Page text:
Friday, January 10, 2014

Natural Gas Has Significantly Reduced Emissions from Power Plants

In 2013, Xcel Energy decommissioned this coal-fired power unit in Denver's Arapahoe Station. Shifts in the U.S. energy industry, including less electricity from coal, have meant fewer emissions of carbon dioxide and other pollutants from power plants, according to a new CIRES-led analysis. (Credit: Will von Dauster, NOAA) Click to enlarge.
Power plants that use natural gas and a new technology to squeeze more energy from the fuel release far less of the greenhouse gas carbon dioxide than coal-fired power plants do, according to a new analysis accepted for publication Jan. 8 in the journal Earth’s Future, a journal of the American Geophysical Union.  The so-called “combined cycle” natural gas power plants also release significantly less nitrogen oxides and sulfur dioxide, which can worsen air quality.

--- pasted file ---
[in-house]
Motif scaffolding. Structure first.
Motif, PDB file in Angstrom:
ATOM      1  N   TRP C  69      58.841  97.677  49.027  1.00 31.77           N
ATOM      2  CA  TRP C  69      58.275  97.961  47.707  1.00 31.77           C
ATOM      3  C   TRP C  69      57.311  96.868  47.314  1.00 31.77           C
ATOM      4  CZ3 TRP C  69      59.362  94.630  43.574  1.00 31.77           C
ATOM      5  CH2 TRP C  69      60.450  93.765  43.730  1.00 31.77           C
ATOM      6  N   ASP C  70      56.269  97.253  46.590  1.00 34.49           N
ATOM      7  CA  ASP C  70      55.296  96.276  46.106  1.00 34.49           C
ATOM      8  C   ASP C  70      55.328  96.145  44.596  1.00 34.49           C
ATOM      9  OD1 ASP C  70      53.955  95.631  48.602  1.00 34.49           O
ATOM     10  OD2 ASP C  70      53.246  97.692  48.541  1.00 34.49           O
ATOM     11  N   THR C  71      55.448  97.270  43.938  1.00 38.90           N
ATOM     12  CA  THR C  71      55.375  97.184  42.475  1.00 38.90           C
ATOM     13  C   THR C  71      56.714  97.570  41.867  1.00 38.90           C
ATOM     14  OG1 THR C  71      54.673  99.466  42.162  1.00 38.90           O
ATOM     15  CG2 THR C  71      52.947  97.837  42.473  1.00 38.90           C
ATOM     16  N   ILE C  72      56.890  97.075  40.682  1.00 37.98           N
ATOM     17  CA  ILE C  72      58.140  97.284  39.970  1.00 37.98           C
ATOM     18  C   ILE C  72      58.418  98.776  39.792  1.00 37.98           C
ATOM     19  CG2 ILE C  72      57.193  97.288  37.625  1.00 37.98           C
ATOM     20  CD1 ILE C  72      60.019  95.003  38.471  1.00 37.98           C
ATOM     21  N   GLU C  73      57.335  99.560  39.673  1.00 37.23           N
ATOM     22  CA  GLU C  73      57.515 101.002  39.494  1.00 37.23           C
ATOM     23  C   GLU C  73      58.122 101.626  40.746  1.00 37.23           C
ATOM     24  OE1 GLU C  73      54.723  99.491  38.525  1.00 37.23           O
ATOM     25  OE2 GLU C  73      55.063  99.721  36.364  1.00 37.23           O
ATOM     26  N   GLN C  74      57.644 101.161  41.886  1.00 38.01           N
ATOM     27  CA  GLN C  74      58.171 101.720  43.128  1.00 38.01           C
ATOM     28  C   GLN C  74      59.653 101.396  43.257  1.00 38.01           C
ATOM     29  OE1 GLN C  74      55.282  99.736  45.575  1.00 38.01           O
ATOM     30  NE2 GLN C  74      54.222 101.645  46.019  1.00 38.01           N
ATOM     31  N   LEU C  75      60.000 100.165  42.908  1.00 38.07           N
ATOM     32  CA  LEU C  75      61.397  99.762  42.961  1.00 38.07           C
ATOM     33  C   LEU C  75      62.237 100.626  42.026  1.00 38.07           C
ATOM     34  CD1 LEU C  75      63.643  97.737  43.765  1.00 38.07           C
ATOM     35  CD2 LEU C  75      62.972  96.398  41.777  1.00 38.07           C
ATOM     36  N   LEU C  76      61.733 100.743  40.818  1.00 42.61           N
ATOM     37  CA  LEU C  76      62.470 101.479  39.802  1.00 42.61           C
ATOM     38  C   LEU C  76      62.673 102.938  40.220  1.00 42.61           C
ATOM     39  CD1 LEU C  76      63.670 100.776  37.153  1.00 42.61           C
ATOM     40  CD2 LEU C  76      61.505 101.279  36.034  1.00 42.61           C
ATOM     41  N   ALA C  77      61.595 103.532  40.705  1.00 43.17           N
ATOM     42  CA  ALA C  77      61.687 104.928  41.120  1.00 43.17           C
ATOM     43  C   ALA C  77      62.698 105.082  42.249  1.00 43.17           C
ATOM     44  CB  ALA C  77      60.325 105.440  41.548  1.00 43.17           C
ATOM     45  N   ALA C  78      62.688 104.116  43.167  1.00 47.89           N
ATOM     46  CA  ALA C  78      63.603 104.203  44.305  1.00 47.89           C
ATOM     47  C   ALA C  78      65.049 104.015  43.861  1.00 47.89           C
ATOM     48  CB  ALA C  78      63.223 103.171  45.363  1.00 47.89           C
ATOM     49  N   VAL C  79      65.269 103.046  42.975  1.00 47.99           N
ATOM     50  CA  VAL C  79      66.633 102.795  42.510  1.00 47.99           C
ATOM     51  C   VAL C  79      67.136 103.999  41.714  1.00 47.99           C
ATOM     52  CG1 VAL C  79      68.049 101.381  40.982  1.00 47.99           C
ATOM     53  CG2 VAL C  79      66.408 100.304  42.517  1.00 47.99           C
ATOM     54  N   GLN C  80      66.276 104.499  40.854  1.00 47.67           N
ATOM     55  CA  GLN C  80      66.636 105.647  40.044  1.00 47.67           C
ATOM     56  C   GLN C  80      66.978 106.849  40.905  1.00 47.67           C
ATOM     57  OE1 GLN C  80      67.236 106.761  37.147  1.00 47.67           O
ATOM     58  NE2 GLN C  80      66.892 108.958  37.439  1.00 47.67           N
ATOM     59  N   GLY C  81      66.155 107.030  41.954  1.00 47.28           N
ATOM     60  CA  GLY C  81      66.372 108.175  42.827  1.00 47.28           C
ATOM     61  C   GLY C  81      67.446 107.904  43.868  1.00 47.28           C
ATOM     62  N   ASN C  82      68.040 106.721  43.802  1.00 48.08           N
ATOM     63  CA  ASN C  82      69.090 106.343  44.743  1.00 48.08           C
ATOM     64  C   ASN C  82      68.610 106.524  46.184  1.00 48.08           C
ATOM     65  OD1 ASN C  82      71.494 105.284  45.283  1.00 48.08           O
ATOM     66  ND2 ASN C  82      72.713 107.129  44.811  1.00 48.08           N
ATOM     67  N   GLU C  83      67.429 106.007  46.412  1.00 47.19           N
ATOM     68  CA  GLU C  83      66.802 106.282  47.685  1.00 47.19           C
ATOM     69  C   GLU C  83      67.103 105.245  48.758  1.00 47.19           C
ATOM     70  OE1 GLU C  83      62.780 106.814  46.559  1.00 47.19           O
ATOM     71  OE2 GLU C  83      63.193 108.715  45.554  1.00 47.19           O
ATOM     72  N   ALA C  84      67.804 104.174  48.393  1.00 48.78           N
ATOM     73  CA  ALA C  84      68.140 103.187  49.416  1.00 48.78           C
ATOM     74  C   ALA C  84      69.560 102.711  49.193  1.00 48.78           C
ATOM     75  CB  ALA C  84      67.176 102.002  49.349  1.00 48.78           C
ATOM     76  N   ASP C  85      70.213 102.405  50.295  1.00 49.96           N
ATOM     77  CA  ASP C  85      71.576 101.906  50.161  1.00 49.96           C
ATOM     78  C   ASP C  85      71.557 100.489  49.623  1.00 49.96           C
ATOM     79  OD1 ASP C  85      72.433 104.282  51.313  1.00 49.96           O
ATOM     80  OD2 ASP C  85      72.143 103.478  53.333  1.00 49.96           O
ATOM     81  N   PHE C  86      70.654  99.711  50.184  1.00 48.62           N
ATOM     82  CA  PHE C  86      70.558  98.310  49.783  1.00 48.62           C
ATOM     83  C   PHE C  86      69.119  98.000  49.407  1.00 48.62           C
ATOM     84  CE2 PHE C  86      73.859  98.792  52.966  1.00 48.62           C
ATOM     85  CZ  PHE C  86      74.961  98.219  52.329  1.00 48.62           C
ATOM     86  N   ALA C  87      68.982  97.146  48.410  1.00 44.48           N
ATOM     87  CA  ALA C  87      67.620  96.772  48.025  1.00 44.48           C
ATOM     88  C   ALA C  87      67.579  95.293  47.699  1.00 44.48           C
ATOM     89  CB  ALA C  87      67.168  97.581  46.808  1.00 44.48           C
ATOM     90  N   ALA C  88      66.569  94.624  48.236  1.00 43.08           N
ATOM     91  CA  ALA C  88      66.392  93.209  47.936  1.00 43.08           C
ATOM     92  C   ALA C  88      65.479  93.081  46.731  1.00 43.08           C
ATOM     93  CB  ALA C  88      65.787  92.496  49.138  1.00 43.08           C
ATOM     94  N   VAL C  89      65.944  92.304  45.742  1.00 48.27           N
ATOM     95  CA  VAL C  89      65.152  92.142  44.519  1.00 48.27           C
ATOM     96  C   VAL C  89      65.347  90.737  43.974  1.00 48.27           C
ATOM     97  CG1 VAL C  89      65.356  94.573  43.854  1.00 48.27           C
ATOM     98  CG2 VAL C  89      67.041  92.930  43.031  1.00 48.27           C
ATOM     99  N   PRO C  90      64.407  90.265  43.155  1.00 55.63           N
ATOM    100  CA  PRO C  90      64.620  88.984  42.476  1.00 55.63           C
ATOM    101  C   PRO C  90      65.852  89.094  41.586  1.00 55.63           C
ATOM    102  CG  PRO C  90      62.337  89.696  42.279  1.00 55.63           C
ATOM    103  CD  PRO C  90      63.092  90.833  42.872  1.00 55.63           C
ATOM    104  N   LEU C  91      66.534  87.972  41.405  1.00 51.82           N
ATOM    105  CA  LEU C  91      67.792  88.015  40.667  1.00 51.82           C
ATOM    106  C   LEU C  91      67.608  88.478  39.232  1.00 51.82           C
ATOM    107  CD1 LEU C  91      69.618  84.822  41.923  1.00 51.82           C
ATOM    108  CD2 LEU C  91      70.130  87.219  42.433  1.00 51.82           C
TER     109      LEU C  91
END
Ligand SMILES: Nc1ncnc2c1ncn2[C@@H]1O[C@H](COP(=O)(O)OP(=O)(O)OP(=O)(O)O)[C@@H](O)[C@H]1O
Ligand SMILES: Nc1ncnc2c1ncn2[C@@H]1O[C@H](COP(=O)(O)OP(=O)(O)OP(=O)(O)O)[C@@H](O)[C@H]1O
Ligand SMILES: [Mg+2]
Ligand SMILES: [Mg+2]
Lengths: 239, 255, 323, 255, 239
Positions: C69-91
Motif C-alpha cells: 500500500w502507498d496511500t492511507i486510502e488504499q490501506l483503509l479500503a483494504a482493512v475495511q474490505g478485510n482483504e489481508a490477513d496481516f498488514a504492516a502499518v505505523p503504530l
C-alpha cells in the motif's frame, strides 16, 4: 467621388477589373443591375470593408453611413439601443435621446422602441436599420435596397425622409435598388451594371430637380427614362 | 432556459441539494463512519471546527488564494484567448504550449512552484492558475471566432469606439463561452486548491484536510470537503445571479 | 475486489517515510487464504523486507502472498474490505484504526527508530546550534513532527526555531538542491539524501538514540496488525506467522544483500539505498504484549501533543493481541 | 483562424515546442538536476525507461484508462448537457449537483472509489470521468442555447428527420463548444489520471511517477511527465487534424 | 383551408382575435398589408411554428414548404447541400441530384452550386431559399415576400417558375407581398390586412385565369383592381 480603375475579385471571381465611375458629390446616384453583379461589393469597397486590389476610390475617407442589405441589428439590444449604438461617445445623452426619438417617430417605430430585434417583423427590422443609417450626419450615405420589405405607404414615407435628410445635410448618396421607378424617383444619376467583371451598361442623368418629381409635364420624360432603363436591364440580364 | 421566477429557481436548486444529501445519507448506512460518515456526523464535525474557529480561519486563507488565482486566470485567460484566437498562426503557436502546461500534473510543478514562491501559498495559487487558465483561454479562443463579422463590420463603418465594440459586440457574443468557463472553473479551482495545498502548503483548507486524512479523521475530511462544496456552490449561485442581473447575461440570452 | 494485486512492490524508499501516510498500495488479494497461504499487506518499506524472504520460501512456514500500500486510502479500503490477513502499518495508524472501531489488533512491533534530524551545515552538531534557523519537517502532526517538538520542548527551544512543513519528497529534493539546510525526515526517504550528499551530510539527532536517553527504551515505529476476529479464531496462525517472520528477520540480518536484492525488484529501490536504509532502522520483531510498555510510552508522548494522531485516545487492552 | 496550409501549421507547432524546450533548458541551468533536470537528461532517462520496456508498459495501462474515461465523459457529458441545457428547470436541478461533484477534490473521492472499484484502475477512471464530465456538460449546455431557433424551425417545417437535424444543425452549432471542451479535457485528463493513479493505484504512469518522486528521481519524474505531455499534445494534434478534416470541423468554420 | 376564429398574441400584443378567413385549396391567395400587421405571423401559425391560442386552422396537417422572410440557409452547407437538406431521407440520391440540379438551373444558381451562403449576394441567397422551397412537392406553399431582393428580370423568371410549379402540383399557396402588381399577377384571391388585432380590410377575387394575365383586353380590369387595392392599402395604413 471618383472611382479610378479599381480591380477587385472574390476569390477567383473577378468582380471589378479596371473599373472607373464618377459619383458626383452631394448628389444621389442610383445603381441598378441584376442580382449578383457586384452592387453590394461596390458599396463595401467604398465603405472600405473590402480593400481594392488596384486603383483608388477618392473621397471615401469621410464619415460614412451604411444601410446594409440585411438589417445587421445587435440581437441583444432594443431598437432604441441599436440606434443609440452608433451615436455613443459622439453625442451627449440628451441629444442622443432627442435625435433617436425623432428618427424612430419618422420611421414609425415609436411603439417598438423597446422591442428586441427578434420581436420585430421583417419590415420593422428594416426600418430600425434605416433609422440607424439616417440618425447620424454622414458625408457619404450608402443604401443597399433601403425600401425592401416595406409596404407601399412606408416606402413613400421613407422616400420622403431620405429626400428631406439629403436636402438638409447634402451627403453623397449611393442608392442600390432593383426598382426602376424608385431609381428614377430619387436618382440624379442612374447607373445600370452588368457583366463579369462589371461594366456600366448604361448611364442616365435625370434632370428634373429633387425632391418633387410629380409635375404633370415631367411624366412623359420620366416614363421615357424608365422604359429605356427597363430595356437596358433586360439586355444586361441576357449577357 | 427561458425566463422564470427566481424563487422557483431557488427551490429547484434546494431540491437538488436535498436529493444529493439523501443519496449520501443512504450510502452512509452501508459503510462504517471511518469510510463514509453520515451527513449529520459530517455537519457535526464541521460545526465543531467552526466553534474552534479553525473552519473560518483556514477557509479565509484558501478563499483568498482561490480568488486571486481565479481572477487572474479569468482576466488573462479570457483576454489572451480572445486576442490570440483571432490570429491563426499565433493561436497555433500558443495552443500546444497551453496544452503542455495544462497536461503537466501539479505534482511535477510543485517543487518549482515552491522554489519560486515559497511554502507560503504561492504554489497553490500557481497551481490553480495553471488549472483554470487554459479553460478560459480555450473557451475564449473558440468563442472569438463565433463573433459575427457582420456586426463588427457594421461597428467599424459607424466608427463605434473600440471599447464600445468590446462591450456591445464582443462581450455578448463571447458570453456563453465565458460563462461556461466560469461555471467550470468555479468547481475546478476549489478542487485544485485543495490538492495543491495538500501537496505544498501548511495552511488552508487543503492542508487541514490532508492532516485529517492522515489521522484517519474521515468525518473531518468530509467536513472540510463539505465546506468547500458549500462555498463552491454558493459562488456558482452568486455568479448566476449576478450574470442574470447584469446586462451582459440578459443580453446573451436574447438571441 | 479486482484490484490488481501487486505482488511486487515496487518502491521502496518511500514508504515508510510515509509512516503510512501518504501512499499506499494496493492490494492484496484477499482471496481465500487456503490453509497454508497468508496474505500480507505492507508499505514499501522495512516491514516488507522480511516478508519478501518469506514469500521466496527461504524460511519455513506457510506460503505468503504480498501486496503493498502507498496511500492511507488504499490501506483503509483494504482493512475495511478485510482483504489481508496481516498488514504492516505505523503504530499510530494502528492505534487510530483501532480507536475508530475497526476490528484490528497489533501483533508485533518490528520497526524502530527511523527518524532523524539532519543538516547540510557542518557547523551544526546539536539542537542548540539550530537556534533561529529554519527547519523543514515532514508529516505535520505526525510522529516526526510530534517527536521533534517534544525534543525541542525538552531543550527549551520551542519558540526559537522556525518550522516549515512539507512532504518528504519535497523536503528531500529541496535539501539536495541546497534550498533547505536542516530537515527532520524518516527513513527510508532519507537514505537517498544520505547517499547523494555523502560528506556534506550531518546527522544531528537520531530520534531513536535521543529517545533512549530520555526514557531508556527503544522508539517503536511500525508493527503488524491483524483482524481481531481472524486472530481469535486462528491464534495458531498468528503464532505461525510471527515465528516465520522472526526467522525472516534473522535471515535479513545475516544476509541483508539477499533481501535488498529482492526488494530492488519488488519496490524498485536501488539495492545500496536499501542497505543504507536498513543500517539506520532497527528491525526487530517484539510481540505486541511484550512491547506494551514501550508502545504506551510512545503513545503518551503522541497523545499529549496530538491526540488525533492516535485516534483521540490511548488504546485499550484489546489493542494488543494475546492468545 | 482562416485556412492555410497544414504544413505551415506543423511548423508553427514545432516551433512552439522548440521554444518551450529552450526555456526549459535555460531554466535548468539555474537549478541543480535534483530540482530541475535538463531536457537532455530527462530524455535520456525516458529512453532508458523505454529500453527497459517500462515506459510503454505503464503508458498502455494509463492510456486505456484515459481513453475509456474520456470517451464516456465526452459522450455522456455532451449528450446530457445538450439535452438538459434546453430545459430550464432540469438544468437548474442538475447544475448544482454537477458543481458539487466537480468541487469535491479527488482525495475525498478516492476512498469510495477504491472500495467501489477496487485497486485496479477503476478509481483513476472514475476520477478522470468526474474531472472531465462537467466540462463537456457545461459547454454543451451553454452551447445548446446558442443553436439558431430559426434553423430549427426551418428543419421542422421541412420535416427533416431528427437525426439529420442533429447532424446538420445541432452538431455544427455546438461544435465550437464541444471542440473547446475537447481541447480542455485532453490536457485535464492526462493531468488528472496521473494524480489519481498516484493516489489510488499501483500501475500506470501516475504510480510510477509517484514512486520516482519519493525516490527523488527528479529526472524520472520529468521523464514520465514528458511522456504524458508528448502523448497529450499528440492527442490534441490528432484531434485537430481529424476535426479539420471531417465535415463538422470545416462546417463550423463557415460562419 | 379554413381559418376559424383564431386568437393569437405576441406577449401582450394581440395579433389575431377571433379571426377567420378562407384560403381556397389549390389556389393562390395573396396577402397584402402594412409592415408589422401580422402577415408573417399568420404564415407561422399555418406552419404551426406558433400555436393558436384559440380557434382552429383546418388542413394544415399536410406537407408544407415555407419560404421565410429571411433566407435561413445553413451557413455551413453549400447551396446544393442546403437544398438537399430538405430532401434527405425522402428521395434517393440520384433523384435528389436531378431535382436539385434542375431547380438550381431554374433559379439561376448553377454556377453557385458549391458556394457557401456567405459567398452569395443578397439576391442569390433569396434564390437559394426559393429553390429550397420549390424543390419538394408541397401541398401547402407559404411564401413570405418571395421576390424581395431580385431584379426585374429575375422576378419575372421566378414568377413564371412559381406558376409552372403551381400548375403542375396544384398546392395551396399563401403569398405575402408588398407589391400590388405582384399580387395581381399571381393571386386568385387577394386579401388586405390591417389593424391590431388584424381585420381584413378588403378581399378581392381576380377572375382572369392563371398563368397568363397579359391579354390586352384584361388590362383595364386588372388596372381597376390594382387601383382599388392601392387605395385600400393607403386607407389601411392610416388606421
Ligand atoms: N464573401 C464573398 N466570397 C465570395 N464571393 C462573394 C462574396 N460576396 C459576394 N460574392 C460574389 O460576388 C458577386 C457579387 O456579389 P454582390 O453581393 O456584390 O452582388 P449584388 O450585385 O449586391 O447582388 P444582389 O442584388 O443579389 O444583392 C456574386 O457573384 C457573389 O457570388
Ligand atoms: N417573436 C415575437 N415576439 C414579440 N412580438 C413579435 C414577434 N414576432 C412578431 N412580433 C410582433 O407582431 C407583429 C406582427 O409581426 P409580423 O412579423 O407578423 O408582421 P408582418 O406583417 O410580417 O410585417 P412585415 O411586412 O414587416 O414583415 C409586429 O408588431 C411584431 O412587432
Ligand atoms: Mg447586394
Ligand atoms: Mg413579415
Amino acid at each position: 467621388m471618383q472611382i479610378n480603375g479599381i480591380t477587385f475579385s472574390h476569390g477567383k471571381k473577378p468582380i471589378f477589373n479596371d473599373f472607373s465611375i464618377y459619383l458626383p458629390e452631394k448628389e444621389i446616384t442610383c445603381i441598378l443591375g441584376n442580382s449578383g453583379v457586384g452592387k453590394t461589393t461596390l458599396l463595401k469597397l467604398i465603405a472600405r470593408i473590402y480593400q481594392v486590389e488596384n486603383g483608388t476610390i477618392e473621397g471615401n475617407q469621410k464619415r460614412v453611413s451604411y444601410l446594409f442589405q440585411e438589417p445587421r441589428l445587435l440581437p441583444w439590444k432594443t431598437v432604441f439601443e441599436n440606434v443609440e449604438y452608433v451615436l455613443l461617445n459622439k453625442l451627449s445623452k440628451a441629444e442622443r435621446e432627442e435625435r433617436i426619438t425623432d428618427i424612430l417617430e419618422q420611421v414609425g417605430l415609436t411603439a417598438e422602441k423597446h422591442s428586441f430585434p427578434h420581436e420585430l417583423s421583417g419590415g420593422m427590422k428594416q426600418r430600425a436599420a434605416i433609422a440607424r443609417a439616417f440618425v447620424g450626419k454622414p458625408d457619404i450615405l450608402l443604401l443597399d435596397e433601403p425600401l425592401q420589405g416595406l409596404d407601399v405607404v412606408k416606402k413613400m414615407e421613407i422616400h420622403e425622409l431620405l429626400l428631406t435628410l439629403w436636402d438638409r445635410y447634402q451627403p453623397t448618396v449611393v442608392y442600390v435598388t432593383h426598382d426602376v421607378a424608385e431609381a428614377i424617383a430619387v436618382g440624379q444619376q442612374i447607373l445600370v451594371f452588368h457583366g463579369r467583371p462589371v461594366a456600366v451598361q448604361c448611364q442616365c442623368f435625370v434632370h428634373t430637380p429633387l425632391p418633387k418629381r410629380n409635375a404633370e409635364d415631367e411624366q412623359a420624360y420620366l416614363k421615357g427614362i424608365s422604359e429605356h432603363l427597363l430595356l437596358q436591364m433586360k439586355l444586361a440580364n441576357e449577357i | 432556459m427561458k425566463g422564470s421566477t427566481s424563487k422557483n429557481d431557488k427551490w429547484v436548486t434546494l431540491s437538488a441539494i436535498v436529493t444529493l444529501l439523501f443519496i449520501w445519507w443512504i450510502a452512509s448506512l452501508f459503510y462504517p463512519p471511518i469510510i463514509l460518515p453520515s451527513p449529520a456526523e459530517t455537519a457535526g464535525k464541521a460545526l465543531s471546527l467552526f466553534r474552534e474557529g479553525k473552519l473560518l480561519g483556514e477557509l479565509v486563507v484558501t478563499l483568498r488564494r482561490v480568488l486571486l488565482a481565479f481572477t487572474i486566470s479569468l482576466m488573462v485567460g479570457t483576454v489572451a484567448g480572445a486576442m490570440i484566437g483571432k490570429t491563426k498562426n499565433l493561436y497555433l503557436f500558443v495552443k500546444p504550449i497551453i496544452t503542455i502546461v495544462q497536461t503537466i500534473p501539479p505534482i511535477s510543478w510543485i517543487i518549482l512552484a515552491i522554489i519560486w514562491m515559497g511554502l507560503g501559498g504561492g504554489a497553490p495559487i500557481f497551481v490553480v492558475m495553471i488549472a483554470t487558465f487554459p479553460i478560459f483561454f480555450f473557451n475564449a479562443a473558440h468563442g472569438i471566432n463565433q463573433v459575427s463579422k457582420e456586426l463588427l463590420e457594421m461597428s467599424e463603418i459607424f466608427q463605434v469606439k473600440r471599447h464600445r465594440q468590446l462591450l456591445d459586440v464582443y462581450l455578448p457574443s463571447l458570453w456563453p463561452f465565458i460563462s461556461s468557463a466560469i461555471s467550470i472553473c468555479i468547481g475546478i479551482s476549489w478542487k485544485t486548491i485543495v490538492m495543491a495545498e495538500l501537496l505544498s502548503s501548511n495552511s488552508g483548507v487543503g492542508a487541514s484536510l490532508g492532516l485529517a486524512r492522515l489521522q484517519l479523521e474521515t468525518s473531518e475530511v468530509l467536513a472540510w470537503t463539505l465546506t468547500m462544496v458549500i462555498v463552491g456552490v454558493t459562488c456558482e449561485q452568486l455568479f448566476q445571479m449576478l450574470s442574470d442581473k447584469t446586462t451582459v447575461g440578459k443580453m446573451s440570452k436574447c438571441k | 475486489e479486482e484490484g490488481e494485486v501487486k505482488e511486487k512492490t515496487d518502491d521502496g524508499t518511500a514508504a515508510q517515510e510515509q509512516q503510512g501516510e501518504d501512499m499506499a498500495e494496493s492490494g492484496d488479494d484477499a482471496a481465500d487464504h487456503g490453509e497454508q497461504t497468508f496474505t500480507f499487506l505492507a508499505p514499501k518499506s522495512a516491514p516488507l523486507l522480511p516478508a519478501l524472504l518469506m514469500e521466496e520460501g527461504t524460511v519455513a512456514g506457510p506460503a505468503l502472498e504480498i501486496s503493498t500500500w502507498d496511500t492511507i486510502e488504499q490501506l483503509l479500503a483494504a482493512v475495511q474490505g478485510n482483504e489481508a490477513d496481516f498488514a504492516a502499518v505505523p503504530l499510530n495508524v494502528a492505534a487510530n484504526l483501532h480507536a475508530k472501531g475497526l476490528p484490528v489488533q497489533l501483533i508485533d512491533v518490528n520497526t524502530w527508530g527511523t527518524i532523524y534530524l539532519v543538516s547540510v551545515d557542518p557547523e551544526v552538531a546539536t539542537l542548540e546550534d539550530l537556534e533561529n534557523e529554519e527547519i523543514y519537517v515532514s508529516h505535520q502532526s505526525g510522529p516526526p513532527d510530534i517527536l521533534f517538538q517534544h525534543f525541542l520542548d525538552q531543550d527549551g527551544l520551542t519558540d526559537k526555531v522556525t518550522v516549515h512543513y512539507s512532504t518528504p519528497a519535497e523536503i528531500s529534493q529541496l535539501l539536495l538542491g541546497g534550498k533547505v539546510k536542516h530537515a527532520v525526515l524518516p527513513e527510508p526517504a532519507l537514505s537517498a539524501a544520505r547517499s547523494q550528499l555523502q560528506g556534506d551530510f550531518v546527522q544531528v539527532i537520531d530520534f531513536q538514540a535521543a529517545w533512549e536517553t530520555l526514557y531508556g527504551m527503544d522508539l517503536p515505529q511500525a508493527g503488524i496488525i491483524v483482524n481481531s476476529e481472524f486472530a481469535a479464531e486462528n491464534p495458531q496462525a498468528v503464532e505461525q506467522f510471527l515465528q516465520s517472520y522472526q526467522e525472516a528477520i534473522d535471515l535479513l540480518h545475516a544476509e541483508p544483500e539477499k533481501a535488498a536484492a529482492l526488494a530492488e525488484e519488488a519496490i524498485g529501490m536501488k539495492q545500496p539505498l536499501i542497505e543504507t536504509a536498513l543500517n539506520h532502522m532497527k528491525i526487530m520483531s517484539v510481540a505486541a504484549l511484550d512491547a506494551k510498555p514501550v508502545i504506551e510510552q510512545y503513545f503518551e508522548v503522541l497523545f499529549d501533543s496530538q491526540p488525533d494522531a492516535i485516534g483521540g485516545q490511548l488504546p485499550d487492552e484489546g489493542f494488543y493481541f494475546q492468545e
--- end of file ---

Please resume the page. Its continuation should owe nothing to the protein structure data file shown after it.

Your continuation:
“Since more and more of our electricity is coming from these cleaner power plants, emissions from the power sector are lower by 20, 30, even 40 percent for some gases, since 1997,” said lead author Joost de Gouw, an atmospheric scientist with NOAA’s Cooperative Institute for Research in Environmental Sciences (CIRES) at the University of Colorado Boulder.

Natural Gas Has Significantly Reduced Emissions from Power Plants

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